Did you hear the comment made by the mayor of one of the cities hit hard by the recent typhoon in the Philippines? Concerning this devastating event, he suggested, “God must have been someplace else.”
Logically and theologically, we recognize there are problems with that statement. We know that the God revealed in the Bible is present everywhere and is aware of all that goes on in this world.
However, I think the mayor was speaking less from his head and more from his heart, expressing the question so many others have asked in the aftermath of tragic events — “How could a great and loving God have allowed such a thing to happen?”
In other words, if a good and powerful God had been there, He would’ve stopped it — therefore He must have been someplace else.
A few examples the Bible gives us of others who experienced difficult, life-changing events might shed a little light on this subject. There was Joseph, sold into slavery and later wrongfully imprisoned. Yet many years afterwards he looked back and said to his brothers who instigated it all, “You meant evil against me, but God meant it for good” (Genesis 50:20).
I’m not saying everything that happens to us is a good thing. I’m not suggesting that there are not bad events or tragedies. I don’t believe we can call it a good thing for several thousand people to lose their lives in a typhoon.
But often we may be able to look back and see how God brought something good out of those bad events. We believe He is working to make that new path we’re being forced to travel on a good one and a blessing in our lives.
Sometimes we can’t see any good in such a tragedy, which takes us to the example of Job. He lost everything in a short time and had no idea why. Although he struggled with it, from the outset Job declared his continued faith in God. He said, “The Lord gave, and the Lord has taken away; blessed be the name of the Lord” (Job 1:21).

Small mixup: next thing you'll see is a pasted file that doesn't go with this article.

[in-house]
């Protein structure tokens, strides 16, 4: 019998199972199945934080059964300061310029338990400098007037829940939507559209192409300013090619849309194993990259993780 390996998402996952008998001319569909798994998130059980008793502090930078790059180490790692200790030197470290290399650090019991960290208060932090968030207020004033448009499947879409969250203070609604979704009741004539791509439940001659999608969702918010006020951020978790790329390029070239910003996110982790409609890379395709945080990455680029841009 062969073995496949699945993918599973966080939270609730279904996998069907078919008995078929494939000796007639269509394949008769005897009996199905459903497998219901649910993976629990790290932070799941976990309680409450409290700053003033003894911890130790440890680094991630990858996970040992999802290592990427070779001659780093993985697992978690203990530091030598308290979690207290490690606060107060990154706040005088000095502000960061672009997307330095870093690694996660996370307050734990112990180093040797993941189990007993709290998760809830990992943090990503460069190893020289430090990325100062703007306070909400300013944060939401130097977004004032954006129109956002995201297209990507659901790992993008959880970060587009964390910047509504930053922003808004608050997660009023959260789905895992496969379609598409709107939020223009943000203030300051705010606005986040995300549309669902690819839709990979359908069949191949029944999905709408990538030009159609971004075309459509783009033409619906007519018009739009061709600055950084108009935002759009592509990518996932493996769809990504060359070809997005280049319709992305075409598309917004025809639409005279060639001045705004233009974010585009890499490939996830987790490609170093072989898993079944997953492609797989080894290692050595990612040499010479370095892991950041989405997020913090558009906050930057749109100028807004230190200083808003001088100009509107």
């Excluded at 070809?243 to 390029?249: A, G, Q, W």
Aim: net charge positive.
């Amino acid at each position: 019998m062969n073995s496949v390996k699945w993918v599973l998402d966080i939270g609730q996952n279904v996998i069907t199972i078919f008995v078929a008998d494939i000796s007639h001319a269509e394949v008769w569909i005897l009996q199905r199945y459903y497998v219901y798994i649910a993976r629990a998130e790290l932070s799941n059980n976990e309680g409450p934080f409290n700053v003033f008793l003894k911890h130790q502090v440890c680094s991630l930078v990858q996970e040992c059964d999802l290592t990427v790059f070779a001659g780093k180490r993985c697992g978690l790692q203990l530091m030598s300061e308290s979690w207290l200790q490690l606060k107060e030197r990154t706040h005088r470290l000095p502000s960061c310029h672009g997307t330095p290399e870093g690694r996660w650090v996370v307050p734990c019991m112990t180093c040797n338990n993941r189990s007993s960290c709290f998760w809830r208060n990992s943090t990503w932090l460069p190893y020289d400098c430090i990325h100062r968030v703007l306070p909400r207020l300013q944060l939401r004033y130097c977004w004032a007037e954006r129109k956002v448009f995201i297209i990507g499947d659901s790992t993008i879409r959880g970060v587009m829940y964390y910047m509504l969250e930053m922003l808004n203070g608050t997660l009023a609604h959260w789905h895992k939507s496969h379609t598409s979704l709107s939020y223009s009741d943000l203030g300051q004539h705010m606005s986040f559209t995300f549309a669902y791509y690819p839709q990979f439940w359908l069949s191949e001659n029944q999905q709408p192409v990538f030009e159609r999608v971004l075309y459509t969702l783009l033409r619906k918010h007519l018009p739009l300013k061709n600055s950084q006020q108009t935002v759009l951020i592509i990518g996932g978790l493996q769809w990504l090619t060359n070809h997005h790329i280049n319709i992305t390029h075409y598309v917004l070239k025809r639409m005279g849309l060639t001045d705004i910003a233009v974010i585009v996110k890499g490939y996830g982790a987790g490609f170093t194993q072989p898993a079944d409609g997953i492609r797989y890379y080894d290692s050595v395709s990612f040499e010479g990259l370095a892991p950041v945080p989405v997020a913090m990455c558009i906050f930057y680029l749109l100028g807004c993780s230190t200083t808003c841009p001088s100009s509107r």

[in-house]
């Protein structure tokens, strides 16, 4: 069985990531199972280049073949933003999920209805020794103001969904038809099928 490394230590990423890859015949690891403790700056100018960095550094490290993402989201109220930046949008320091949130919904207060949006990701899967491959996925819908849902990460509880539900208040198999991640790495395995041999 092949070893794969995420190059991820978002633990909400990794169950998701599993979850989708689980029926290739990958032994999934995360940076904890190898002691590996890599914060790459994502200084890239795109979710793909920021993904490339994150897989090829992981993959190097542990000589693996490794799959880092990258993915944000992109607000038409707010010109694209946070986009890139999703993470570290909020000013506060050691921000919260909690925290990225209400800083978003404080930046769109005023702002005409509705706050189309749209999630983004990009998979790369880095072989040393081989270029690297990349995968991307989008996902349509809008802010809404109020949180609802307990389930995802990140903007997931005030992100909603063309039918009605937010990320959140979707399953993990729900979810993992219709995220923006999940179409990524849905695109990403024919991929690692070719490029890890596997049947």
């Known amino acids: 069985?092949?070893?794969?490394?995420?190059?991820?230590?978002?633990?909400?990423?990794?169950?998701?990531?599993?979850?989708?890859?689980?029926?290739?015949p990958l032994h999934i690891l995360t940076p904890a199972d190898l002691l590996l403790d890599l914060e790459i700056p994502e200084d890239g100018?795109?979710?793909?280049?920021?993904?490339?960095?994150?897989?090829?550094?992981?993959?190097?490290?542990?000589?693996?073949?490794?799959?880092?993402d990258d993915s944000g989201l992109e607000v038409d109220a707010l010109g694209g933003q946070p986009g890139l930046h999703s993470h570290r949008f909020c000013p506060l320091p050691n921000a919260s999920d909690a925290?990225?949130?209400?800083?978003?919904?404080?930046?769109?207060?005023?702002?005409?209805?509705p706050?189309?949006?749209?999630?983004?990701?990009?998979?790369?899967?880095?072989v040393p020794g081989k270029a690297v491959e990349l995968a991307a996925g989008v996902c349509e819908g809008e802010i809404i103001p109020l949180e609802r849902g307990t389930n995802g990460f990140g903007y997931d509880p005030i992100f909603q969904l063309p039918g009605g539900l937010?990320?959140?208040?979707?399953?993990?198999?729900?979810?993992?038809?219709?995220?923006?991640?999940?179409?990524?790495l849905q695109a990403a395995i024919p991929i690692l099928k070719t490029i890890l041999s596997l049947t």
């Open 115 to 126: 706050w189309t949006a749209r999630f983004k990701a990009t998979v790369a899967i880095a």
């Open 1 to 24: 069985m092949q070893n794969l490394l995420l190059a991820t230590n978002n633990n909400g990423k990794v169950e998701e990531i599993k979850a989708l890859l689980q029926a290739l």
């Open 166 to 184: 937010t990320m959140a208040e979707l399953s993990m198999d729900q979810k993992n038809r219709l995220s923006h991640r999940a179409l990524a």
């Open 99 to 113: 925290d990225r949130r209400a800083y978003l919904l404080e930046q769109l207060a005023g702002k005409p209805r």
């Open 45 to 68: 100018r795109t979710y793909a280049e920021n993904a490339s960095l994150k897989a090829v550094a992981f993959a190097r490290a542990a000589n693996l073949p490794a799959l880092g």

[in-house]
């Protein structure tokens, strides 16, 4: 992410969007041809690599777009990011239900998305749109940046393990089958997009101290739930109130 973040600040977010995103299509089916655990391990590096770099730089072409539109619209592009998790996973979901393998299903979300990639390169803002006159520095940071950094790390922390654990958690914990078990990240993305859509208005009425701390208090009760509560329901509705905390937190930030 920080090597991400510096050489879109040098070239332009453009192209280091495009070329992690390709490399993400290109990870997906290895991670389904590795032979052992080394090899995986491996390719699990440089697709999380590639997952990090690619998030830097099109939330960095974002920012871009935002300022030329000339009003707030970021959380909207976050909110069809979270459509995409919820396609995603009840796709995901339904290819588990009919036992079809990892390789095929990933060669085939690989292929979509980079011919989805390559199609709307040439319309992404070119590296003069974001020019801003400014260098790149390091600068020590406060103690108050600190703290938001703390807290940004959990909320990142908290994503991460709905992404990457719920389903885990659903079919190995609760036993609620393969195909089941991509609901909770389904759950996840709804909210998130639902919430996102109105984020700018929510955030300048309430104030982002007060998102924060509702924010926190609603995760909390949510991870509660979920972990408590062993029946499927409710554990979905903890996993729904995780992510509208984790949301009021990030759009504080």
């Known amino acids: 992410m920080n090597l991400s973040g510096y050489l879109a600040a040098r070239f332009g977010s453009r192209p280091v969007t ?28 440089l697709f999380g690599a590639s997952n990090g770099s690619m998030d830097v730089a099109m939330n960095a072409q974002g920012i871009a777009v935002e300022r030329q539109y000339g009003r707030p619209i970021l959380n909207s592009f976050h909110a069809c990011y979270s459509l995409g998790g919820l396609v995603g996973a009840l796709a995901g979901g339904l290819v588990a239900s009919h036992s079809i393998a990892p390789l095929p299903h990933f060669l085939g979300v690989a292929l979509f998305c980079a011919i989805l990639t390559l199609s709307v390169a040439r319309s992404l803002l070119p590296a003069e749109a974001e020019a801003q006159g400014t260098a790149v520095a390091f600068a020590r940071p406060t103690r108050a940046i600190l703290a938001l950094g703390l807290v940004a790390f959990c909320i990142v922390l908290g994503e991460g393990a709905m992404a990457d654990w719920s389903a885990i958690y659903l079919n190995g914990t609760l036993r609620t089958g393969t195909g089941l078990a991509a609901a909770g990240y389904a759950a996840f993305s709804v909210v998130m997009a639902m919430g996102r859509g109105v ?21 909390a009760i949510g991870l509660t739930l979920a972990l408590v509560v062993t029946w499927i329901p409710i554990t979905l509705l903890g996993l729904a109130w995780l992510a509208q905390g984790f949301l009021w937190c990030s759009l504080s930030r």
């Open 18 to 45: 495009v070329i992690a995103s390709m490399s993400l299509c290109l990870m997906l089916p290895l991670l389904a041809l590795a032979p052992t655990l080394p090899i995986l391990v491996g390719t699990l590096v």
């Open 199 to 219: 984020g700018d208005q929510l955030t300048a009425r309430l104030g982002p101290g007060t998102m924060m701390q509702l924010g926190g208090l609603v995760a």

Along with Job, we can affirm that no matter what comes our way, we know God is in control and we can trust Him. We may not see any good coming out of it, nor understand why it happened, but we keep trusting the God who loves us and who knows what He’s doing.
Another example could be the disciples immediately after Jesus’ crucifixion. Certainly, they didn’t understand why God allowed Jesus to be put to death on the cross. But they soon found out His death was all part of God’s plan to bring salvation to mankind.
That’s the other factor we need to keep in mind about such events in our lives. God tells us, “For my thoughts are not your thoughts, nor are your ways My ways, says the Lord; for as the heavens are higher than the earth, so are My ways higher than your ways, and My thoughts than your thoughts” (Isaiah 55:8-9).
Sometimes in those tough events which come into our lives, God is working out His greater plans and purposes — things we can’t understand simply because we can’t see the whole picture as God does. At those moments, we simply need to have faith that God is fulfilling His purposes through it all.
So no matter what difficulties we may have to face, let’s not despair and think God must have been someplace else. Instead let’s affirm our trust in Him and declare “Blessed be the name of the Lord.”
The Rev. Tony W. Elder is pastor of Wesley Community Fellowship Church. He can be reached at 770-483-3405 or by email at firstname.lastname@example.org.